Prologue

June 1979

With a nervous exhale I opened the heavy door.  The clock tower struck one, two…fading away as the door closed behind me.  The foyer was dark and smelled of centuries-old stories, never to be told.  A hush followed each group of well-meaning guests as they entered the sanctuary.  I was next.  My hands were clammy; I felt nauseous.  I wasn’t ready to see…her, not in this way.  My eyes were darting back and forth, desperately searching for something when I saw it; right in the middle of the large oak table was a gift wrapped in lavender and lace.  As my eyes adjusted, I noticed my name scribbled on the card; who on earth? I couldn’t believe…

“Miss?” The usher interrupted my questions with his extended arm.  I supposed it was his job to escort me to where the rest of the family were seated.

My knees threatened to buckle under me as we started down the aisle.  How often I had come to this church with Big Mama.  She was a founding member and loved it dearly.  And if she had anything to say about it, I would love it too.

As I passed one pew I expected to see Mr. Pemberton stand and greet me with a butterscotch candy from his white suit pocket.  He always sat in the back, but not today; Mr. Pemberton was long gone, and now Big Mama was too–nothing would be the same.

“Greetings, friends! On behalf of the family of Grace Stella Oswalt, I would like to say thank you for coming to show your respects to such a God-fearing woman.”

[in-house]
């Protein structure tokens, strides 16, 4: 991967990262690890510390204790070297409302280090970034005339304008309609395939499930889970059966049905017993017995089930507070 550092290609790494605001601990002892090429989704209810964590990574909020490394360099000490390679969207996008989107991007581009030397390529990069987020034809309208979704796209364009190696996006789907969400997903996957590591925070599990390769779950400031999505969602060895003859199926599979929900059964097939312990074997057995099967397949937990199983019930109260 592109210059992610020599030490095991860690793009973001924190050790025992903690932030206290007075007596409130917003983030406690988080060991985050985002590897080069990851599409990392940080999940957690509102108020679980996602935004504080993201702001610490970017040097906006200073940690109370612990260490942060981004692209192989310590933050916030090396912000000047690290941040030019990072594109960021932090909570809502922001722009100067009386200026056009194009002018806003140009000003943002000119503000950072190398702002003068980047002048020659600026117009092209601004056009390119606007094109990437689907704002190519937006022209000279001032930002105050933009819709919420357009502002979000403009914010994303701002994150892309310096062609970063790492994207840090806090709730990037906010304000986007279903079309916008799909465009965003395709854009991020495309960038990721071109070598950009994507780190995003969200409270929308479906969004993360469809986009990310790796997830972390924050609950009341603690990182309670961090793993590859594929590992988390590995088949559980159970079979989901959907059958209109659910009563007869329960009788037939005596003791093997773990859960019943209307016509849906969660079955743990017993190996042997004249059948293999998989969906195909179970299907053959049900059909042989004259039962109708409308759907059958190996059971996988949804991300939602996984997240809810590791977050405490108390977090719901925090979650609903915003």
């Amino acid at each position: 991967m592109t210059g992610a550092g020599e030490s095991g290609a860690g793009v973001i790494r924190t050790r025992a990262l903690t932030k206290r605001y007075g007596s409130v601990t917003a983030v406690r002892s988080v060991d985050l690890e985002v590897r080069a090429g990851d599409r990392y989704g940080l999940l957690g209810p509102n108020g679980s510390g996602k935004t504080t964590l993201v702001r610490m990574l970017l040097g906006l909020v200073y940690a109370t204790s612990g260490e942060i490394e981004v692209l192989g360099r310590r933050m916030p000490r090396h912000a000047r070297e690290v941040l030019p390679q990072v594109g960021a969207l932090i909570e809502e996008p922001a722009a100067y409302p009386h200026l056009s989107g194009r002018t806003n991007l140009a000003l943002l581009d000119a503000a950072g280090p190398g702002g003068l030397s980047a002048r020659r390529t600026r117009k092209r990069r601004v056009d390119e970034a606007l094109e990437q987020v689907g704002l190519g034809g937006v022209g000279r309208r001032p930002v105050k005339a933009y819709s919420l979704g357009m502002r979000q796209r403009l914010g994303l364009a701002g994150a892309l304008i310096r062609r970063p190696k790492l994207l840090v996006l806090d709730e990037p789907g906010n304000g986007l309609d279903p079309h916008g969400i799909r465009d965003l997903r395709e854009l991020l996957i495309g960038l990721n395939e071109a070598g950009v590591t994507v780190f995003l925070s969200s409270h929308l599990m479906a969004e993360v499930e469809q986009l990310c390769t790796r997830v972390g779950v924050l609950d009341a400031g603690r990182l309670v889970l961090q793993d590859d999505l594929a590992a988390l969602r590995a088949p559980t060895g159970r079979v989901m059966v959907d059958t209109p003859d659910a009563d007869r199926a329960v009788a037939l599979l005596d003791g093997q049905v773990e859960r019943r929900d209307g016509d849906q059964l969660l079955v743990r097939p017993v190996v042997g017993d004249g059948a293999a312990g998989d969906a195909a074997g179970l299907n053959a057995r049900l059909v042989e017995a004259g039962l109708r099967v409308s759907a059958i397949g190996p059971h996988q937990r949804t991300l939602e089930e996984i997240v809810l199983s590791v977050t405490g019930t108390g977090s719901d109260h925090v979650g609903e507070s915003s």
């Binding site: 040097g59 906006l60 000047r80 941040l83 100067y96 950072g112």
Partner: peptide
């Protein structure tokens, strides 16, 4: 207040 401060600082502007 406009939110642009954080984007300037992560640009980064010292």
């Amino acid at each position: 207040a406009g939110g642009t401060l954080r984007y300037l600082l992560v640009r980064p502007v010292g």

I made it to the family pew just in time.  Sniffles sounded in unison as I held my breath trying not to join in.  I knew if I started I wouldn’t be able to stop.  Mama knowingly slipped a handkerchief in my hand as the preacher continued.

“Grace, wife of the late William Marion Oswalt, was the mother of six but is survived only by her daughter, Claire; nine grandchildren and many, many great-grandchildren…”

Six children? I didn’t know Big Mama had six children.  I knew my Uncle Vic and Aunt Ruby.  What happened to the others?

“Please stand as we sing Grace’s favorite hymn on page 56 of your hymnals.”

Amazing Grace how sweet the sound…

What else didn’t I know? For a moment I felt a deep sadness for the stories that would be buried with her.

…I once was lost, but now I’m found.  Was blind, but now I see.

It was true.  Big Mama loved this hymn.  When I was little she would often play it on her piano as I sat next to her on the bench.  Her voice would crack, and I would sing off key, but the words never lost their meaning for her.  When we got to the third verse, she always seemed caught up in another world.

…through many dangers toils and snares.  I have already come.  Twas grace hath brought me safe thus far.  And grace twill lead me home.

Glancing at my watch, I hoped it was almost over.

“The family would like to invite you to join them graveside following this service, and then for dinner in the church social hall,” the pastor announced.

What? Another service and dinner, too? I hadn’t been to many funerals in my nineteen years, and this was the first in our family.  It was as painful as I feared it would be.

My Mom knew what I was thinking without a word.  Heaviness pressed against me; the back door offered my first chance to escape.  I jumped to my feet ready to be the first one out the back, but a tall, sliver of a man appeared.  I was unaware of the tradition–family is always escorted out separately.  He said nothing, only pointed with his opened palm towards the side door.  I had missed my chance and silently followed Mama to a waiting limousine.